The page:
44 Withers Street, Brooklyn, NY. The 44 Withers Street site is a former gas station and auto repair shop located in the Green Point section of Brooklyn with soil contaminated with petroleum and high levels of heavy metals. A spill was reported during the due diligence investigation and the developer proactively contacted NYSDEC and NYCOER, and explained the need to make decisions within the small amount of time allotted to close on the property. Considering the data in the context of the proposed development scenario, both agencies assisted the developer to lay out a remedial scenario that propelled the property sale and eventual redevelopment forward in this extremely short time period. As a result, this formerly vacant lot is now the location of three four-story residential buildings with dedicated commercial space. 44 Withers Street is a prime example of what can be accomplished when all parties involved collaborate openly and effectively.
Economic Development Award/Brownfield Opportunity Area Award
One Fulton Square, Queens, NY. The winner of both the Economic Development and Brownfield Opportunity Area awards, One Fulton Square is located in downtown Flushing, Queens. Historically, the Site contained an auto body repair shop, garage, and a gasoline station. Prior to remediation, the Site was a vacant lot and a parking lot, which was being operated since 2001. The Site is now occupied by a 168-room Hyatt Place hotel built atop of a three-level glass retail podium. The new Hyatt boasts two fully equipped gyms, a yoga studio and a rooftop swimming pool. It will also have approximately 1,000 square feet of meeting space. A separate office condominium will contain 22 professional and medical offices, 43 residential condominiums, and 300 parking spaces. The retail space encompasses 330,000 square feet and the entire project is one million square feet in size. This $125 million project is in its final stages of completion.
This project will produce approximately 940 new jobs and has employed 250 construction workers, creating a positive effect on the community and creating millions of dollars in tax revenue generation.
The project is located within the Flushing Willets Point Corona Local Development Corporation (FWCLDC) Brownfield Opportunity Area (BOA). The Flushing BOA Plan is intended to further the community’s vision for the Flushing area by updating and integrating stakeholder’s ideas and concerns, leading to the formulation of recommendations for spurring reinvestment in the area. One of FWCLDC’s principal objectives for the BOA program is to encourage greater connectivity and linkages between Flushing’s waterfront and downtown Flushing. In August 2011, FWCLDC designated One Fulton Square a BOA Strategic Site because of its location straddling Flushing’s waterfront and downtown Flushing and its role in attracting additional investment in the area.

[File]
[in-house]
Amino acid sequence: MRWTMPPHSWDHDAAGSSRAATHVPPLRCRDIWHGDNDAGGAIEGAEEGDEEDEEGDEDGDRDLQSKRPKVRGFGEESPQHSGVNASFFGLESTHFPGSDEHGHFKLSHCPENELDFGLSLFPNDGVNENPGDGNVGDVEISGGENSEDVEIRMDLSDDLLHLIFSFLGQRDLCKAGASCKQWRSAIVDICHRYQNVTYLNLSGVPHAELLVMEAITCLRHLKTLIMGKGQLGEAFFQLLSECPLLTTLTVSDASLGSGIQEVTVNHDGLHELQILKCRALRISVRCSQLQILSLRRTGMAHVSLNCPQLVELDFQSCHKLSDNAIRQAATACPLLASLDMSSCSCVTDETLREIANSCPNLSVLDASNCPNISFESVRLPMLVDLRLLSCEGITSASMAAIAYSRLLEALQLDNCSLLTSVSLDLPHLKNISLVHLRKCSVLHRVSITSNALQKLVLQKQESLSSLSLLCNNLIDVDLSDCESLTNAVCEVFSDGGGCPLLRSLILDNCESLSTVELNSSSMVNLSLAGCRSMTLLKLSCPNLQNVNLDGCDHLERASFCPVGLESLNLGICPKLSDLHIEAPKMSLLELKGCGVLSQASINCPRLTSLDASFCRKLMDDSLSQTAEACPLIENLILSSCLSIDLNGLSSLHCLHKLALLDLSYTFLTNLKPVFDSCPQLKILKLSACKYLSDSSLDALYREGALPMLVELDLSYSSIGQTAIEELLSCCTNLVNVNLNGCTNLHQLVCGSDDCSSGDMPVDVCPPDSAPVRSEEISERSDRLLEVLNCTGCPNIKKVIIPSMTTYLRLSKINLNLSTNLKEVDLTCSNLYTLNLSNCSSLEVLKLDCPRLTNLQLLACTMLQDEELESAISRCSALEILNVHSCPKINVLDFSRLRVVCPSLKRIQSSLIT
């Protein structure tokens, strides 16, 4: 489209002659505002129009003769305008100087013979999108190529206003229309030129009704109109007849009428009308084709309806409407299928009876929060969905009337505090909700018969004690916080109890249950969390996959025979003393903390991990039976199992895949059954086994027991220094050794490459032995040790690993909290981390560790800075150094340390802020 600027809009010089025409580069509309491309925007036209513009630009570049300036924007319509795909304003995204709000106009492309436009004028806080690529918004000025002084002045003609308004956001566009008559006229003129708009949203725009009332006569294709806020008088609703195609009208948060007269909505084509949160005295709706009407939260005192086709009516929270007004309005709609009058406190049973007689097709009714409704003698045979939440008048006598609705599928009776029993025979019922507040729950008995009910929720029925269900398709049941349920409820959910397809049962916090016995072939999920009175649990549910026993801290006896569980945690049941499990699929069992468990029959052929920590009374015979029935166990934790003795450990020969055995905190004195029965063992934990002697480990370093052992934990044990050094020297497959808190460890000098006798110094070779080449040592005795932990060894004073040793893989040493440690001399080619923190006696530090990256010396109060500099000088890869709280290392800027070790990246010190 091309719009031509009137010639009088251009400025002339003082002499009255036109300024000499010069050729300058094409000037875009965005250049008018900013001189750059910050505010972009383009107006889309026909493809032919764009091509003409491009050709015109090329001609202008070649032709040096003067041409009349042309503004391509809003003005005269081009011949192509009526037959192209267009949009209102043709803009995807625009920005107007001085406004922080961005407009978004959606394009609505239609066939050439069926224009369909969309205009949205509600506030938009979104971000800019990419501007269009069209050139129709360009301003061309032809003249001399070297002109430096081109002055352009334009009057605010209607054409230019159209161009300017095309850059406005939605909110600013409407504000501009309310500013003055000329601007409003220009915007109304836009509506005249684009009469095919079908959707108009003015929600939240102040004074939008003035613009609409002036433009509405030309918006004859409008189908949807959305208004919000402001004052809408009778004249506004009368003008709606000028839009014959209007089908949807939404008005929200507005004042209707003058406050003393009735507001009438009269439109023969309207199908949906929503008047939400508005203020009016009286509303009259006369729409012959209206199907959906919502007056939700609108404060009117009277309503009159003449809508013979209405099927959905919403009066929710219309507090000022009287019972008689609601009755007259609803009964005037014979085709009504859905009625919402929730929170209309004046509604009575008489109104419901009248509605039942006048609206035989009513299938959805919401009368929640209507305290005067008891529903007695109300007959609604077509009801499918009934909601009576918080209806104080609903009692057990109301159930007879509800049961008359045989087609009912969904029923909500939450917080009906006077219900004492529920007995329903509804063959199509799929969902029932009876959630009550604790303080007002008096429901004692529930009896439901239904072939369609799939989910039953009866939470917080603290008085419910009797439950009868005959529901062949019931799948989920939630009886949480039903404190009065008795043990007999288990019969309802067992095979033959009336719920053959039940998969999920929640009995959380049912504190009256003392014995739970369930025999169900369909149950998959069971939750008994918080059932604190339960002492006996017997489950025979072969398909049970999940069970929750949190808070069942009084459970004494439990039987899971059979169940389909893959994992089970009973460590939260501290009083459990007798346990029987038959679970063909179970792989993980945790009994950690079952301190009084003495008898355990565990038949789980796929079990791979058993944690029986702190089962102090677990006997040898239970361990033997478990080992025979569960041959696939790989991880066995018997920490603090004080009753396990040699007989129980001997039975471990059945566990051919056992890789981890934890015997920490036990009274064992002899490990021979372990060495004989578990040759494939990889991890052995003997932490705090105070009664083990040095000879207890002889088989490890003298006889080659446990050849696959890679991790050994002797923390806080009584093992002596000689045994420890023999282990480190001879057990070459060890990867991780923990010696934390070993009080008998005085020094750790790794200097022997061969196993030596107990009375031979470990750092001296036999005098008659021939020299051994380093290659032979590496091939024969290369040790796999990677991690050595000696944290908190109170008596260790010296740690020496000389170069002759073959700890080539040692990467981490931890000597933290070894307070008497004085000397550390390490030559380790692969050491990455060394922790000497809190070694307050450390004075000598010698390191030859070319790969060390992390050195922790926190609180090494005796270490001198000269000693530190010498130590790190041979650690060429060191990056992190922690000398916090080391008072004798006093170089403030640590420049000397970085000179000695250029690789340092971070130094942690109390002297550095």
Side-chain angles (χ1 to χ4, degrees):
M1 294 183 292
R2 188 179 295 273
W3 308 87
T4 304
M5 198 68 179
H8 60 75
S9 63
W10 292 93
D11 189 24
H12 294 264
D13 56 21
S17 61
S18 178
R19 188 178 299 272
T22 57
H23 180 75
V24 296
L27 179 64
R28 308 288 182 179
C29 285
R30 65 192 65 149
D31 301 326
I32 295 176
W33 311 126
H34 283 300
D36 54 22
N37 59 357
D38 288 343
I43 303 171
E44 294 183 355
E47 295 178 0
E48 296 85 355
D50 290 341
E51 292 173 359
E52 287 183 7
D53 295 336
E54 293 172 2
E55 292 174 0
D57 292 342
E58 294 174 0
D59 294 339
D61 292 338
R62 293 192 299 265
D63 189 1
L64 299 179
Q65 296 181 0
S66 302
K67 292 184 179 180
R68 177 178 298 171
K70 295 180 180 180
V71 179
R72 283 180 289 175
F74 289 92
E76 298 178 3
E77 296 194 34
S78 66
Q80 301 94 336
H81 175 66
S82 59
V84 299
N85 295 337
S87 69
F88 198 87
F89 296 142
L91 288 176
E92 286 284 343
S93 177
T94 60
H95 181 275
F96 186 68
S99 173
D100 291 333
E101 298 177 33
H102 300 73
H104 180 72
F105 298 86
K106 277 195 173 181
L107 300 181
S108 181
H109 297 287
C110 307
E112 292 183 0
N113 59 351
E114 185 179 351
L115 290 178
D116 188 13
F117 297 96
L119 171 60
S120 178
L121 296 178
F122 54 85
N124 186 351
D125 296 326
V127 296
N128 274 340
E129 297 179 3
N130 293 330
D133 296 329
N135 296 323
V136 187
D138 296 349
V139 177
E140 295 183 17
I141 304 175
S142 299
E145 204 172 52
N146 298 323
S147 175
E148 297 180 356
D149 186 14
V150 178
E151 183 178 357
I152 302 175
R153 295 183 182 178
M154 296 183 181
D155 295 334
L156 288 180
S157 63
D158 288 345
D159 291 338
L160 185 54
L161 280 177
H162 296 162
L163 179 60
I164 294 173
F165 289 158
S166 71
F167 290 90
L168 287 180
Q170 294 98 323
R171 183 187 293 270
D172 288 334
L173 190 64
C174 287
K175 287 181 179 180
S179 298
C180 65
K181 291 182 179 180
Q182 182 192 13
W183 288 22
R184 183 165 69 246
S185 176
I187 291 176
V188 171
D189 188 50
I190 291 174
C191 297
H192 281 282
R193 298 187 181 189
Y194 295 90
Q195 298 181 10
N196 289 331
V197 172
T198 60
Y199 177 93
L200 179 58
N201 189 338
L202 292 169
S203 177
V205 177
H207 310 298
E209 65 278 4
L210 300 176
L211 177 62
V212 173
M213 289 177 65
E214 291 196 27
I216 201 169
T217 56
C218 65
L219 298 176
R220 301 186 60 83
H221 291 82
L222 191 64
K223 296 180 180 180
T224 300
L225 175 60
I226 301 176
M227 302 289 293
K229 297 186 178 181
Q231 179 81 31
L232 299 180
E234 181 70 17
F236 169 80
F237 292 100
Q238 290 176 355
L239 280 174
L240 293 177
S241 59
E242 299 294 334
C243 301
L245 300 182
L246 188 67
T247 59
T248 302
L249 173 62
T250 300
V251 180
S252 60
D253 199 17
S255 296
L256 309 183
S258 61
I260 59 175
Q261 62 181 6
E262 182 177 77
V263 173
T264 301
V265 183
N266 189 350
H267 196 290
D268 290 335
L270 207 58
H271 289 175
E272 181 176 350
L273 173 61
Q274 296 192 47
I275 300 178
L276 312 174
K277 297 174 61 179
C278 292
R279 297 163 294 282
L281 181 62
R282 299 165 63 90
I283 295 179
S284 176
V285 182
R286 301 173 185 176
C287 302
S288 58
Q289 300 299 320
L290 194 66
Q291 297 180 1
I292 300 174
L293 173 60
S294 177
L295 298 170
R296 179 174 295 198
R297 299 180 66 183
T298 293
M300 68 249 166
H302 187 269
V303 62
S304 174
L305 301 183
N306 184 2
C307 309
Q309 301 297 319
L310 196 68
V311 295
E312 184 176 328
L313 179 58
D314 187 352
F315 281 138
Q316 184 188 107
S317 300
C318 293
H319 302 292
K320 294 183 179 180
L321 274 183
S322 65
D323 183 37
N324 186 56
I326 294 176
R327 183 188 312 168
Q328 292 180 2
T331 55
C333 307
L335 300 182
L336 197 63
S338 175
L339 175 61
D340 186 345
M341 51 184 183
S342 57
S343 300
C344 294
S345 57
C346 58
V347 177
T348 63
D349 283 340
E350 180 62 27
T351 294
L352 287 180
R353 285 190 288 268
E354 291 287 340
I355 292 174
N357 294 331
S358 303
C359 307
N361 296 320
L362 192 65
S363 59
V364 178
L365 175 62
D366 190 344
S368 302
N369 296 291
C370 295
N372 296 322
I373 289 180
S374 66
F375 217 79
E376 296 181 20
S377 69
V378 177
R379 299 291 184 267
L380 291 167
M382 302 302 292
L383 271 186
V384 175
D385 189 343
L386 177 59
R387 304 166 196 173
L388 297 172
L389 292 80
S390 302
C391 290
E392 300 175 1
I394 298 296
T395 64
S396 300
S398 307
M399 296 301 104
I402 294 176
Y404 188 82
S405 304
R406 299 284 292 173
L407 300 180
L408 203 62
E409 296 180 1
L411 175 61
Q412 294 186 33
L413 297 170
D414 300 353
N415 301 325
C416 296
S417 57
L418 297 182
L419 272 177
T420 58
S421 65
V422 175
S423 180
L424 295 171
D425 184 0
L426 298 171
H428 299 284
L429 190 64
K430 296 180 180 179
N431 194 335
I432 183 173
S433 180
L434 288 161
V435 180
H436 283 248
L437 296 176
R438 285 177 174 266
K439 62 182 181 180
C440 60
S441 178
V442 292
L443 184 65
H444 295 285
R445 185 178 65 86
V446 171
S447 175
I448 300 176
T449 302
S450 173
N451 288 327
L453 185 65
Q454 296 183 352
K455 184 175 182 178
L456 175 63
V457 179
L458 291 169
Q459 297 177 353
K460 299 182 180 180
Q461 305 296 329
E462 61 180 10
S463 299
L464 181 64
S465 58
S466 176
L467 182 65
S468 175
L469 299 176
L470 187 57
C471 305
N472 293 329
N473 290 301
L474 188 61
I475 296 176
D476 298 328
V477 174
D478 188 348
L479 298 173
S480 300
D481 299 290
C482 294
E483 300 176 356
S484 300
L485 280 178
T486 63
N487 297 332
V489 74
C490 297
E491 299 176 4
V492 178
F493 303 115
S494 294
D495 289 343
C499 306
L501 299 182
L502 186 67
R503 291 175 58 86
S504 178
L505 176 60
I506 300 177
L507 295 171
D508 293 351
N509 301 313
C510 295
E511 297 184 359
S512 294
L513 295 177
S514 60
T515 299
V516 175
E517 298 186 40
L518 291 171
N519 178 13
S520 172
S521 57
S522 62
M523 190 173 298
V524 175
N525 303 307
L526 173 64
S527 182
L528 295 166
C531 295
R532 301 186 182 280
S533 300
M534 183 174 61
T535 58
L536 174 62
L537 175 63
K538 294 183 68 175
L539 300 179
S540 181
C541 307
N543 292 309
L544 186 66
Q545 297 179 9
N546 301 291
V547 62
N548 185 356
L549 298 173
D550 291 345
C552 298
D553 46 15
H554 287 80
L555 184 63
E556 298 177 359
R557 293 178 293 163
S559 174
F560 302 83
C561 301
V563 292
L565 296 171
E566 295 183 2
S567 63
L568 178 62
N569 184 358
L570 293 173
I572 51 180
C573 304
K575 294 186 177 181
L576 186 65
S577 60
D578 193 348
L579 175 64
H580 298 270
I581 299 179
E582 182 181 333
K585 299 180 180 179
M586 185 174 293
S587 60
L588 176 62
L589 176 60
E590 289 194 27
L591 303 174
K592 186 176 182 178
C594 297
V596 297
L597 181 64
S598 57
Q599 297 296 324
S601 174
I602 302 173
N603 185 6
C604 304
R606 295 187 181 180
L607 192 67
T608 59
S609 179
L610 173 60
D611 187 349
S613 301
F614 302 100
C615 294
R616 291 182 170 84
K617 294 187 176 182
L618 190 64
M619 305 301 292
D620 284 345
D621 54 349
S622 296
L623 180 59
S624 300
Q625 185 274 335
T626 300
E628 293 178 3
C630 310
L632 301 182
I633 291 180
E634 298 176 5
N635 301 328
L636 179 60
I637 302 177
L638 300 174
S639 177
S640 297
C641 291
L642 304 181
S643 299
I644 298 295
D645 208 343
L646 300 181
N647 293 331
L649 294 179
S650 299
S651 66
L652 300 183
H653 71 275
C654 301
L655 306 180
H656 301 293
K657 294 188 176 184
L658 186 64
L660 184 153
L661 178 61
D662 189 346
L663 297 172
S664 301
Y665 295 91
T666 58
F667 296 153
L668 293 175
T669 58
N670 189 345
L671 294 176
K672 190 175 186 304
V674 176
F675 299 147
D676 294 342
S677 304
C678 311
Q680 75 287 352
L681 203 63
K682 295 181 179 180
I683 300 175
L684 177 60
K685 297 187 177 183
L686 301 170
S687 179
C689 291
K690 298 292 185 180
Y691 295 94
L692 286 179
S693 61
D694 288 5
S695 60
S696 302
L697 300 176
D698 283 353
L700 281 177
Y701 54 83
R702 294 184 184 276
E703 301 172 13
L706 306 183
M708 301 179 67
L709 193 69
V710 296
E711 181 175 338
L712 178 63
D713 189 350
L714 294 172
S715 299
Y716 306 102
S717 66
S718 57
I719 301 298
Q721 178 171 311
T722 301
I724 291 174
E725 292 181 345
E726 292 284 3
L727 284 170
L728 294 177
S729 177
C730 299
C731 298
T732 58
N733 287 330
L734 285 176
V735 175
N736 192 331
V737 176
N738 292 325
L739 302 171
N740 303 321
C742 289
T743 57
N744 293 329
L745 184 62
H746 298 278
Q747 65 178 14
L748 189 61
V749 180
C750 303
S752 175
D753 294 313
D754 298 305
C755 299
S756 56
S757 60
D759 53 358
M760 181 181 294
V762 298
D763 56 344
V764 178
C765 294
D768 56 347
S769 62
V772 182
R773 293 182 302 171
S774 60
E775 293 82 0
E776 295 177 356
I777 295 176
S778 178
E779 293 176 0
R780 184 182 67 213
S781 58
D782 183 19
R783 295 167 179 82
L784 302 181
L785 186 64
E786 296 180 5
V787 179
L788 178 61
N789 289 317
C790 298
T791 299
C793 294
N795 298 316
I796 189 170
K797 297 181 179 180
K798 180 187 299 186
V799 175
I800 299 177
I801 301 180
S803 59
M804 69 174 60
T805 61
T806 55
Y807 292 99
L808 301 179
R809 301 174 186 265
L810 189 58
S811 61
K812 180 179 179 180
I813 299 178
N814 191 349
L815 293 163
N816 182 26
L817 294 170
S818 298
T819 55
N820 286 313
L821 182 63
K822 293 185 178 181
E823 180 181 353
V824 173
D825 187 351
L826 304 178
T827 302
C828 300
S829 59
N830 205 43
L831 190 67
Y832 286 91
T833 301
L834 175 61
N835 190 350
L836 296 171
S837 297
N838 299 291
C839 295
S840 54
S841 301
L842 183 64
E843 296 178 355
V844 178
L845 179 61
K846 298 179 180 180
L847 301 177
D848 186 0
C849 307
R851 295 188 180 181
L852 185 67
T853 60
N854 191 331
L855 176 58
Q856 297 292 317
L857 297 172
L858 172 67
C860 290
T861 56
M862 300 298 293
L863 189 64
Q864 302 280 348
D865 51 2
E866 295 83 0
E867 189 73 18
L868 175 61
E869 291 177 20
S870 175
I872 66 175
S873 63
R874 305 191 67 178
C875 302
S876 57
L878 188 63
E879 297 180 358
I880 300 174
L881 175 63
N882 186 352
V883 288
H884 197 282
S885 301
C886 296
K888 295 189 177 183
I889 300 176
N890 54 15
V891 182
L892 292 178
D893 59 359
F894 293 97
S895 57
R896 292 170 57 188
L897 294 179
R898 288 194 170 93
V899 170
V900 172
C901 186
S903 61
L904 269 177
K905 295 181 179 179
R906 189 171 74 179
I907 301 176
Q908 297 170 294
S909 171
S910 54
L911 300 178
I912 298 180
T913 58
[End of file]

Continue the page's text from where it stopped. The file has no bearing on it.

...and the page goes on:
Big Apple Brownfield Award
Hour Apartment House III, Queens, NY. Hour Apartment House III is located in the Long Island City neighborhood of Queens – a neighborhood characterized by a mix of industrial, residential and commercial spaces. Prior to redevelopment, the property was occupied by three small buildings, which housed offices for the non-profit organization, Hour Children, as well as residences and a thrift store. As part of site redevelopment, impacts to soil, groundwater and soil vapor were remediated and in the process an NYSDEC spill was closed. The resulting structure is a 25,000-square-foot, sustainably designed building that serves a dual purpose: it serves as headquarters for the non-profit Hour Children and it provides much-need affordable housing to formerly incarcerated mothers and their children. The housing is welcoming and bright and it is obvious that much thought went into the design of these spaces, which function as a stepping-stone for families post-incarceration.
The Partnership also recognized the 2015 Abbey Duncan Brownfield Scholars and the 2014-2015 Brownfield Interns.
2015 ABBEY DUNCAN BROWNFIELD SCHOLARS:
Kevin Barrow, New York University
Sara Perl Egendorf, Brooklyn College
Raiana Phuong Frey, New York University
2015 BROWNFIELD INTERNS:
Alyssa Baldassini, Brooklyn Law School
Sarah Baldwin, Fordham Law School
Jack Donelan, University of Tennessee
Garrett Gissler, Columbia University
Catherine Hatt, Pace Law School
Mary Lorper, SUNY Binghamton
Catherine Lyster, Pace Law School
Brian McGrattan, Columbia University
Michelle Sarro, Vermont Law School
Rebecca Sorenson, New York Law School
Haijun (Navy) Su, CUNY Queens College
Yi Xiao, NYU Polytechnic University
Ruijie Xu, NYU Polytechnic University